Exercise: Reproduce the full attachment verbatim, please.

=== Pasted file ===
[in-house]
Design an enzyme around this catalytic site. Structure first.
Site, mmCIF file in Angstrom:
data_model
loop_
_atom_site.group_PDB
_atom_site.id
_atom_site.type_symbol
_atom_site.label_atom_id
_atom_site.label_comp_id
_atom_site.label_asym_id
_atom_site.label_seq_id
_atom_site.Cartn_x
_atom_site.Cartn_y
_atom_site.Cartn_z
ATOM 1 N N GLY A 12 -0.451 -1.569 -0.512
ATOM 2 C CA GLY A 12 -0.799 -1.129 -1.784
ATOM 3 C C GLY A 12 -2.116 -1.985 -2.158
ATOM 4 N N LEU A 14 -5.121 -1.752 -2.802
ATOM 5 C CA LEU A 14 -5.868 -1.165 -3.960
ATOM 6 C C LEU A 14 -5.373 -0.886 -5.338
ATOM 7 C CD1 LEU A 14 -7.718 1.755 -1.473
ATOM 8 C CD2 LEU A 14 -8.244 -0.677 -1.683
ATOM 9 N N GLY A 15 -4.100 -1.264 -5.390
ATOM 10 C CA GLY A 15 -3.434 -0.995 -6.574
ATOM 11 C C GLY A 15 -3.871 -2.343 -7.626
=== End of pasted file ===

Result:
[in-house]
Design an enzyme around this catalytic site. Structure first.
Site, mmCIF file in Angstrom:
data_model
loop_
_atom_site.group_PDB
_atom_site.id
_atom_site.type_symbol
_atom_site.label_atom_id
_atom_site.label_comp_id
_atom_site.label_asym_id
_atom_site.label_seq_id
_atom_site.Cartn_x
_atom_site.Cartn_y
_atom_site.Cartn_z
ATOM 1 N N GLY A 12 -0.451 -1.569 -0.512
ATOM 2 C CA GLY A 12 -0.799 -1.129 -1.784
ATOM 3 C C GLY A 12 -2.116 -1.985 -2.158
ATOM 4 N N LEU A 14 -5.121 -1.752 -2.802
ATOM 5 C CA LEU A 14 -5.868 -1.165 -3.960
ATOM 6 C C LEU A 14 -5.373 -0.886 -5.338
ATOM 7 C CD1 LEU A 14 -7.718 1.755 -1.473
ATOM 8 C CD2 LEU A 14 -8.244 -0.677 -1.683
ATOM 9 N N GLY A 15 -4.100 -1.264 -5.390
ATOM 10 C CA GLY A 15 -3.434 -0.995 -6.574
ATOM 11 C C GLY A 15 -3.871 -2.343 -7.626